As part of efforts to enlighten bank customers on its decision to introduce N65 on remote-on-us automated teller machines (ATMs) transactions in the country, the Central Bank of
The central bank also insisted that the fee would engender healthy competition among banks.
It noted that transaction volumes at other banks' ATMs had increased astronomically due to the free cash withdrawal at ATMs.
"The wear and tear as well as the frequency of servicing the ATMs has increased significantly. Indeed, some customers were beginning to abuse the use of ATMs through countless withdrawals. This development has led to increase in cash transactions, which negates the bank's cashless policy," the CBN added in a notice on its website yesterday.
Furthermore, the banking sector regulator argued that maintaining ATMs is expensive as it requires economic incentive for owners to deploy and maintain the facility.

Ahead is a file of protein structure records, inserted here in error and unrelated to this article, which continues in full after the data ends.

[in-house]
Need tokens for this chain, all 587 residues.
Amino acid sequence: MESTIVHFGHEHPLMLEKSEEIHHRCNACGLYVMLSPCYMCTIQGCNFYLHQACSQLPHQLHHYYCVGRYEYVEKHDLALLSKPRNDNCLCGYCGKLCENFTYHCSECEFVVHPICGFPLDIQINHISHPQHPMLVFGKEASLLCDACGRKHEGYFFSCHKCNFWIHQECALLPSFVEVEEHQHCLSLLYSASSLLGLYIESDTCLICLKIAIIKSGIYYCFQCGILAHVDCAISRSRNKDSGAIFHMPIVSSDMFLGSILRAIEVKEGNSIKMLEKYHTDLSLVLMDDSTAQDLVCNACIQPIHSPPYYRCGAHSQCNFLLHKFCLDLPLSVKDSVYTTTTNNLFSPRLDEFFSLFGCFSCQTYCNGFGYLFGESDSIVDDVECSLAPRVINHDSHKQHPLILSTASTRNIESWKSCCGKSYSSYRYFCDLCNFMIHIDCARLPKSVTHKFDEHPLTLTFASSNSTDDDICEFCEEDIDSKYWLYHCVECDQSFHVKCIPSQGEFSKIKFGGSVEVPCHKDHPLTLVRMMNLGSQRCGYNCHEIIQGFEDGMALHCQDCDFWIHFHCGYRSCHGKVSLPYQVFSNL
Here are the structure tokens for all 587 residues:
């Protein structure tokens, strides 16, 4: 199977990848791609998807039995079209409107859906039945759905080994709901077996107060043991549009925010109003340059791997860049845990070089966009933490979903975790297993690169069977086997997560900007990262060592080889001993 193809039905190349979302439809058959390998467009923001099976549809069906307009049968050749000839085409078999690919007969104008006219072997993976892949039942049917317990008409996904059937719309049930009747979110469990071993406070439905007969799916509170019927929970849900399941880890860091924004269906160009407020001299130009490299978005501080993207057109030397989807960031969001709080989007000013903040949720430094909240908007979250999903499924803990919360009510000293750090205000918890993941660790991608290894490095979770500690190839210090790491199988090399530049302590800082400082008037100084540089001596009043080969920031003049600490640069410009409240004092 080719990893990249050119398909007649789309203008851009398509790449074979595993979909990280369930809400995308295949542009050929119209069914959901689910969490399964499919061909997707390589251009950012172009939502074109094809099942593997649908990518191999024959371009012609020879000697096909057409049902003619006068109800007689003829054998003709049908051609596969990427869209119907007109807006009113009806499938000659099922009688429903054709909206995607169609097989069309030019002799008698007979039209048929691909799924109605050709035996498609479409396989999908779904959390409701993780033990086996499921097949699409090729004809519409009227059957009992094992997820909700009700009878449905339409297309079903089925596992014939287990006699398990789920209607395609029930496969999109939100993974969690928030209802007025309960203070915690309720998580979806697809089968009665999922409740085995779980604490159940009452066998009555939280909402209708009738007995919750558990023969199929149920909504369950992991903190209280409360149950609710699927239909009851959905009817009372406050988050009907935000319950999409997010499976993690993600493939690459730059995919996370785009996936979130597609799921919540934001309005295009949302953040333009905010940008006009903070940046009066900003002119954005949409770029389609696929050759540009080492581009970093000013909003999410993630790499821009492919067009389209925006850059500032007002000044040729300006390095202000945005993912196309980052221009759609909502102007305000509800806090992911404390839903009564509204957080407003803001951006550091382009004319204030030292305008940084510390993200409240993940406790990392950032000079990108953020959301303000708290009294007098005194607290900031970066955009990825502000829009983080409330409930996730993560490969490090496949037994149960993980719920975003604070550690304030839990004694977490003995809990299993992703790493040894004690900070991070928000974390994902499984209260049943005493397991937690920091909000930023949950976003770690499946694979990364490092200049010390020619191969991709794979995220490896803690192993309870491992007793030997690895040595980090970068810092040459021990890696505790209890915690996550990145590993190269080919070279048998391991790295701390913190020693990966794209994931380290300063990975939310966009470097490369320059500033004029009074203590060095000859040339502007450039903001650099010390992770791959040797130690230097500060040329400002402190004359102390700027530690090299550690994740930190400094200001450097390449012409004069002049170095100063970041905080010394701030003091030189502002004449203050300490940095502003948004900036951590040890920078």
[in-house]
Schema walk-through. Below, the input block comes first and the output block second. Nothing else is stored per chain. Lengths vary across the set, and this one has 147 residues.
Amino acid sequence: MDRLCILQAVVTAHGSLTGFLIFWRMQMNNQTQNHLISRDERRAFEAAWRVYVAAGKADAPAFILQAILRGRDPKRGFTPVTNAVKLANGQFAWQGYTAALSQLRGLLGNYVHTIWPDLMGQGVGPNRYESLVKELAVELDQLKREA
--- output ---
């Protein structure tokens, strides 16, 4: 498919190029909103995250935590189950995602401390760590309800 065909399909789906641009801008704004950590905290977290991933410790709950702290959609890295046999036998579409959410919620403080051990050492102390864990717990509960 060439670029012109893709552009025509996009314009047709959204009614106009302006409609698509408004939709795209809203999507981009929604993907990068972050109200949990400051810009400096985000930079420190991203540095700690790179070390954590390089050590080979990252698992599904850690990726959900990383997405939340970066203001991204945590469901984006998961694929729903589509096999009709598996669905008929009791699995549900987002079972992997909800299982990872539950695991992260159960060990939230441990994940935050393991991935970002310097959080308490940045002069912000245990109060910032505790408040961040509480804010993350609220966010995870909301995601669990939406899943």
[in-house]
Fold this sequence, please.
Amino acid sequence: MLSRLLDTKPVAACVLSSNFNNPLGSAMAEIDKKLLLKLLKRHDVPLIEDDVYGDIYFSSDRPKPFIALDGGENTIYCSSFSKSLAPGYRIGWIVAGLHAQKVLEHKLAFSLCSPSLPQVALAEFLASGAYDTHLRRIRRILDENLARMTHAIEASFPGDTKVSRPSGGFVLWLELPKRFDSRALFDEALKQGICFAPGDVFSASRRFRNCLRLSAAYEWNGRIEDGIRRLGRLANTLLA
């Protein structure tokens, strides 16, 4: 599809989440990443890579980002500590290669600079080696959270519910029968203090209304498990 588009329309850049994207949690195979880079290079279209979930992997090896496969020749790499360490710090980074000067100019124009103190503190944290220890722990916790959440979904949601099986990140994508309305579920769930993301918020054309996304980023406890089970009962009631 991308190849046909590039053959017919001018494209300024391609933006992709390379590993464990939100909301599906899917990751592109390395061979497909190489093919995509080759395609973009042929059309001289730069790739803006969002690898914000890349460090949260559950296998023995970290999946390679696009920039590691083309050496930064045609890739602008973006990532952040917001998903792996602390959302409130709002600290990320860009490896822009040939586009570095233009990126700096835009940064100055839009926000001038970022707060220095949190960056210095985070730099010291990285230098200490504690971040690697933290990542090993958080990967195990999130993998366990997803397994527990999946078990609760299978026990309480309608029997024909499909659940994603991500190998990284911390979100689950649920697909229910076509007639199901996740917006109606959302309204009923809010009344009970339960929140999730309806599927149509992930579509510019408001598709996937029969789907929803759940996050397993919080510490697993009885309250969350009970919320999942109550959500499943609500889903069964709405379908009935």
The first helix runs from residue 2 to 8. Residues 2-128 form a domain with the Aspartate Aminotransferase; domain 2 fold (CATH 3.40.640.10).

"If a part of this cost goes unabated, the banks may be forced to reject transactions coming from their customers at another bank ATMs, thereby frustrating the interoperability of payment systems.
"The CBN wishes therefore to reassure the public that the long term interest and welfare of all bank customers remain the goal of all banking policies," it explained.
Prior to the amendments in
"But the truth is that of the N100, N35 goes to the payment bank, which has now been completely waived. But in going to other ATMs to make withdrawals, your bank, which is the acquirer bank, incurs a cost of N65 which they pay to the switches and the owner of the ATM that you are using.
"Between 2012 and recently when the review was done, it was discovered that people have actually turned ATMs into their personally purses because nothing is charged. Somebody needs N500, N1, 000, he will go to an ATM to withdraw, such that in a day, some people can patronise ATMs up to five times," Fatokun said.
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